On a February day in 2011, Judy Yu was crossing Park Presidio Boulevard, a six-lane north-south artery in San Francisco, when she was hit by a driver. Yu’s injuries were extensive: Her spleen was ruptured, her femur, humerus, and ribs cracked. But most devastating of all was the resulting traumatic brain injury, which has drastically affected not just her life, but her family’s as well.
“She now suffers severe post-traumatic stress disorder, and cognitive impairment,” her daughter, Jenny Yu, says. “She has headaches, confusion, emotional outbursts every single day. She is suicidal and has periods of time where she thinks her children are evil and plotting against her. My siblings and I live in a constant state of fear and hopelessness.”
In the wake of her mother’s injuries, Jenny Yu helped found San Francisco Bay Area Families for Safe Streets to advocate for better infrastructure, enforcement, and education. And on Monday, she stood up in support of a new Senate Bill introduced by state Senator Scott Wiener, which would institute new pedestrian and cyclist safety standards for the thousands of miles of California highways that run through urban areas — including Park Presidio Boulevard.
In San Francisco, several highways disguise themselves as neighborhood streets. Van Ness Avenue and the western half of Lombard Street make up a segment U.S. 101. Nineteenth Avenue is an extension of Highway 1, and Sloat Boulevard is part of State Highway 35. Although they are all within San Francisco city limits, these streets are managed by the California Department of Transportation (CalTrans), and as evidenced by the numerous serious and fatal collisions that occur among them each year, are very clearly made for cars, not people.
But Wiener plans to change that. Senate Bill 127, which he’s introducing this week, would require CalTrans to make safety improvements to these arteries and create “complete streets” that cater to pedestrians and cyclists, not just vehicles.
“When we think of state highways we think of a more traditional major freeway that no one would try to cross on foot or bike, “Wiener says. “But we have a significant number of state highways that are city surface streets. There are smaller towns in California where their only main street is a state highway.”
If passed, SB 127 would do two major things. First, it would change CalTrans’ priorities, bumping operation, maintenance, and repair of highways down the list, and shifting accessibility for all users — and the creation of complete streets — up.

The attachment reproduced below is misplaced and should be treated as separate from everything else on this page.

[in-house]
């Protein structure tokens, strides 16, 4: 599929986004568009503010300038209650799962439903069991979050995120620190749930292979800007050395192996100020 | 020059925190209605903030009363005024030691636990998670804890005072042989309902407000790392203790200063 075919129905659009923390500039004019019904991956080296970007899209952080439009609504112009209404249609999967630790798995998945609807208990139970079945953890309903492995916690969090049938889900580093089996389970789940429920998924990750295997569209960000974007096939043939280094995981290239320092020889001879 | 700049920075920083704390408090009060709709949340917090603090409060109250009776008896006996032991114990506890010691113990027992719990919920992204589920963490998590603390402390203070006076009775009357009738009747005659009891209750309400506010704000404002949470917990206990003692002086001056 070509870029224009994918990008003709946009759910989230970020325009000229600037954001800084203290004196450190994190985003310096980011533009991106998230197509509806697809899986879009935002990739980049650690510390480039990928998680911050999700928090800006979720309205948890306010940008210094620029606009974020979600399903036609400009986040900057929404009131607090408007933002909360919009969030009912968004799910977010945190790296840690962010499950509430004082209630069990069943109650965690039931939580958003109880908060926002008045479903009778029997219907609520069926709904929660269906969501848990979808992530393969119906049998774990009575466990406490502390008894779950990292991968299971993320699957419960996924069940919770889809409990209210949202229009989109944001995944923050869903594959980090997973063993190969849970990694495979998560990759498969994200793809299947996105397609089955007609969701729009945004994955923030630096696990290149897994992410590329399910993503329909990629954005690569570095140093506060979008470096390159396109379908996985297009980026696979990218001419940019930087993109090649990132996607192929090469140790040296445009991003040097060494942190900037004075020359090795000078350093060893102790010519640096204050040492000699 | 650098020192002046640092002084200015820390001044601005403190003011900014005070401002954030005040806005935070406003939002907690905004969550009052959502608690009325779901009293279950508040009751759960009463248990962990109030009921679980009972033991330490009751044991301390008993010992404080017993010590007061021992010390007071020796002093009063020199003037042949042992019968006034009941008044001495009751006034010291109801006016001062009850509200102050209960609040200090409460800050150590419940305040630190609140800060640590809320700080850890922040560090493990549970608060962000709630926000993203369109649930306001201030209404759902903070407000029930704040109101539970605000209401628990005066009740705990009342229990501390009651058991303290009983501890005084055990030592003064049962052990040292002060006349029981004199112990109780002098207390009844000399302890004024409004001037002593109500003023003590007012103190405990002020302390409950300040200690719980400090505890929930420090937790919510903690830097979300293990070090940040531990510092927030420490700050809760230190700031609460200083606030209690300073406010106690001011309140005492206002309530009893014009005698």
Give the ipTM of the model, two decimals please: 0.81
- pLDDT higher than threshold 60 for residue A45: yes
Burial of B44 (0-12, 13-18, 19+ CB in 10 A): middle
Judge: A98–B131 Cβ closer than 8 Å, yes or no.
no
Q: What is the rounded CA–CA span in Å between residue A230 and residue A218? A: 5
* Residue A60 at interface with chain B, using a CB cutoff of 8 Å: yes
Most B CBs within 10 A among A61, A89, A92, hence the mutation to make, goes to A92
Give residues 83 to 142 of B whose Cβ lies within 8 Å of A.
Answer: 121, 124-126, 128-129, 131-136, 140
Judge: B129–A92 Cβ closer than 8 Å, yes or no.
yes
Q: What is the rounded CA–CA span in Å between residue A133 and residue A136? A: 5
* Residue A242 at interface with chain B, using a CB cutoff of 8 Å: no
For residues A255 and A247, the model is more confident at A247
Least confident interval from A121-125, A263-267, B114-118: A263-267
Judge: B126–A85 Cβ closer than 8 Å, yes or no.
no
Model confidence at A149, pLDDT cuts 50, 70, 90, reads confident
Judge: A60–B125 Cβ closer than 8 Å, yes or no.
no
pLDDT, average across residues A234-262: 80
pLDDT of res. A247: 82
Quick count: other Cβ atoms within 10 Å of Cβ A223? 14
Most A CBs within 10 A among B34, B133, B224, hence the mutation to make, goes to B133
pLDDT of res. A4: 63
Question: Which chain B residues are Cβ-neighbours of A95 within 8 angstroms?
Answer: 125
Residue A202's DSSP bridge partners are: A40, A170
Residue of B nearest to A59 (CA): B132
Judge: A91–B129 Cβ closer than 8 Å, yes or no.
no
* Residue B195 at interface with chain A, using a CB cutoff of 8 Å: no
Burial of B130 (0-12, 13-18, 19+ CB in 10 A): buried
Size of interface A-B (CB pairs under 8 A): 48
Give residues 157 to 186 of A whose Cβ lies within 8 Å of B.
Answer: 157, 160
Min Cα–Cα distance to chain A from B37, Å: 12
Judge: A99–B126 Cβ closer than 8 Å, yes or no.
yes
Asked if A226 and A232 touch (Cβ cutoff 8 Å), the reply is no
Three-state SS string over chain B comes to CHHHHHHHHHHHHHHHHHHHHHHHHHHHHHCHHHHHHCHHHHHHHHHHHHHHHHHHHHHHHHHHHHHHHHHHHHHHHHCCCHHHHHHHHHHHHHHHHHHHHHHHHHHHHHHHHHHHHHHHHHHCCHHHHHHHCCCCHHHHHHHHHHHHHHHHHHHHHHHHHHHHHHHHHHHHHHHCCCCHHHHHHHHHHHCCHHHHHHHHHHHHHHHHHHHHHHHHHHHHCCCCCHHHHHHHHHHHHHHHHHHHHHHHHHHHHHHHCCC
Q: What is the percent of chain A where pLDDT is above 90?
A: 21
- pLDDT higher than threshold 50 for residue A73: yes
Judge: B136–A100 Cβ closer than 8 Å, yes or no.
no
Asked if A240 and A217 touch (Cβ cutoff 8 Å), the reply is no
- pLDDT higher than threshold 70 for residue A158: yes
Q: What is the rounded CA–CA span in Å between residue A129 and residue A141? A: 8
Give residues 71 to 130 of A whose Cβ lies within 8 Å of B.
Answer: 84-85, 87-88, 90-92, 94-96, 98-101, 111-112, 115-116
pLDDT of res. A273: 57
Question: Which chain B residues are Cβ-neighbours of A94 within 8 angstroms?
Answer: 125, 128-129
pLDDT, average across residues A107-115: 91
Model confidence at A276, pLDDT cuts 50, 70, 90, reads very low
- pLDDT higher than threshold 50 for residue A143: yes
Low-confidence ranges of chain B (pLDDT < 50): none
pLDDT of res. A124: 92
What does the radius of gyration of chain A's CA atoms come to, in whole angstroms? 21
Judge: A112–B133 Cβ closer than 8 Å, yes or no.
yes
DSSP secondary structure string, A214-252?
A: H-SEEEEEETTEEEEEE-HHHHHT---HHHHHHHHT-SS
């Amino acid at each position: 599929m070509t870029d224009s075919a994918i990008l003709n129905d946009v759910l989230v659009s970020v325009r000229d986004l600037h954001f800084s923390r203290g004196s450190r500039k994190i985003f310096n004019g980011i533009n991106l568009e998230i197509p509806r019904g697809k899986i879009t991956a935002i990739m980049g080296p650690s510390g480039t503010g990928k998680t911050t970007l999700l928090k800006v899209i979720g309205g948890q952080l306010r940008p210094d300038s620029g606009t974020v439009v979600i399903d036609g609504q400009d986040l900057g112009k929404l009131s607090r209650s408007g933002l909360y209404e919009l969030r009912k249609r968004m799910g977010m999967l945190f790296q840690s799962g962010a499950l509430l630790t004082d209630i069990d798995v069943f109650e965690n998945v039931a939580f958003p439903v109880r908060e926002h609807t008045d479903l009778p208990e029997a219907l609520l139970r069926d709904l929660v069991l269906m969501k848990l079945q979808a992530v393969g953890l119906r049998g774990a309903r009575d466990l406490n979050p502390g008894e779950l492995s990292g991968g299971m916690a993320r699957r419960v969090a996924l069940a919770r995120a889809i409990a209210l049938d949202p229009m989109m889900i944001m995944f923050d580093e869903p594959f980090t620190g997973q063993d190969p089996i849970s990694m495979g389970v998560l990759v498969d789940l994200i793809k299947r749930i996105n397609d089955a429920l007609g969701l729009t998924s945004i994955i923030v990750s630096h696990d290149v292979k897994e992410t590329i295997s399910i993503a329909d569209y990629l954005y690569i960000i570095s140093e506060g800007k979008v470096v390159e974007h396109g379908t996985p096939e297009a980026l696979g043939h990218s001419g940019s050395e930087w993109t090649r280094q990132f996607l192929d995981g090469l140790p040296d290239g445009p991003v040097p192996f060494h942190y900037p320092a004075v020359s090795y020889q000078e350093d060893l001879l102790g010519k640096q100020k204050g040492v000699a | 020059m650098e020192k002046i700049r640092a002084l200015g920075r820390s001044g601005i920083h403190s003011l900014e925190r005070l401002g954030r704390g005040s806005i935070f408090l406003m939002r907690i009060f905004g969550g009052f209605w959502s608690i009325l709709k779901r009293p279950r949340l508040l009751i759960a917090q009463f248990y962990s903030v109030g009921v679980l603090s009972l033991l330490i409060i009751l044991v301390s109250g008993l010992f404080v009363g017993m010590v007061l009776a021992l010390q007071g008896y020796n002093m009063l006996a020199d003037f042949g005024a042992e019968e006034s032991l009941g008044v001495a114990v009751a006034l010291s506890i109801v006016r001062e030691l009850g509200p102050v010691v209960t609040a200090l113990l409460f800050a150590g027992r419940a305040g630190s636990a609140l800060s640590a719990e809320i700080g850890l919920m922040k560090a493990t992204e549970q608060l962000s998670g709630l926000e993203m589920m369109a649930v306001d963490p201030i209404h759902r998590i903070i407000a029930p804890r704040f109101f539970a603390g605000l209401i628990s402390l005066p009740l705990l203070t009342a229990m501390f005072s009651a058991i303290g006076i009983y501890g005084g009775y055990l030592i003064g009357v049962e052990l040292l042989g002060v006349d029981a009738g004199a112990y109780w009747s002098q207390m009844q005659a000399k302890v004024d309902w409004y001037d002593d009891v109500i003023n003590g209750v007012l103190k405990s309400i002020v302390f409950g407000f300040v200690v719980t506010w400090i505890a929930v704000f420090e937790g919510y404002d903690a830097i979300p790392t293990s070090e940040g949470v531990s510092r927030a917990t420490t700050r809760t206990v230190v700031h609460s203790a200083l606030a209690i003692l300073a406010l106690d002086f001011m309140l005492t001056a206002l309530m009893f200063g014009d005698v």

In addition, it would flip a key piece of the process. Currently, CalTrans has to apply for a special waiver in order to add pedestrian or cyclist infrastructure to any stretch of highway it’s working on. Going forward, that infrastructure would be a requirement, and the waiver would only be used to request that the agency not include it.
Unlike most street-engineering press conferences, which usually consist solely of advocates and engineers, public health was front and center at Wiener’s announcement on Monday. Dr. Rebecca Plevin, a trauma surgeon at Zuckerberg San Francisco General Hospital, says that if passed, these changes could have a massive impact on the health of people who interact with city highways on a daily basis. The tragic results of these highways’ bad designs are something she’s intimately familiar with, as nearly all victims of traffic collisions are taken straight to General — the only Level 1 trauma center in the city. This constant influx provides trauma surgeons with valuable evidence on what’s working and what isn’t.
“We treat approximately 4,000 people a year due to trauma, and nearly half are injured in traffic collisions,” Plevins says. “That means a surgeon’s pager goes off five times a day, every day, to go to the emergency room and assess and treat a patient who is injured in a traffic collision.
“For us this public health crisis isn’t an abstract crisis,” she adds. “It’s a reality that we witness over and over again with our patients. Arterial roads with fast-moving traffic are particularly dangerous for our patients, as speed is the leading predictor of severe injury and whether or not somebody survives a traffic crash. Creating safer streets for everyone to walk and bike — the goal of this legislation — can save lives, improve health, and keep people out of our operating rooms.”
While Wiener’s bill could have a big impact in cities and towns across the state, we haven’t exactly been ignoring these major corridors in San Francisco. Van Ness Avenue is in the middle of a large-scale renovation that will improve bus boarding and pedestrian crossings, and flashing pedestrian lights have been installed on Sloat Boulevard in the wake of several fatal collisions. But getting these changes approved by multiple local and state agencies is time-consuming and difficult.
Brian Wiedenmeier, executive director of the San Francisco Bicycle Coalition, knows this all too well.
“Last month, I received a phone call from a gentleman who wanted to let me know that his wife and son had been involved in a collision biking home from school on 19th Avenue,” he says. “That young boy received excellent care. … He is expected to make a full recovery, as will his mother. But the trauma that their family has experienced is going to have lasting effects. That father reached out to me, as an advocate, to plead ‘What can we do to improve safety on a busy street like 19th Avenue?’
“What I had to say back to him was ‘It is part of our state highway system, it’s under CalTrans’ control, and it’s complicated,’ ” Wiedenmeier adds. “That answer is insufficient. I am so happy that when SB 127 passes, we will have one more tool in our toolbox to address the kinds of street-safety improvements that communities like the Sunset District need.”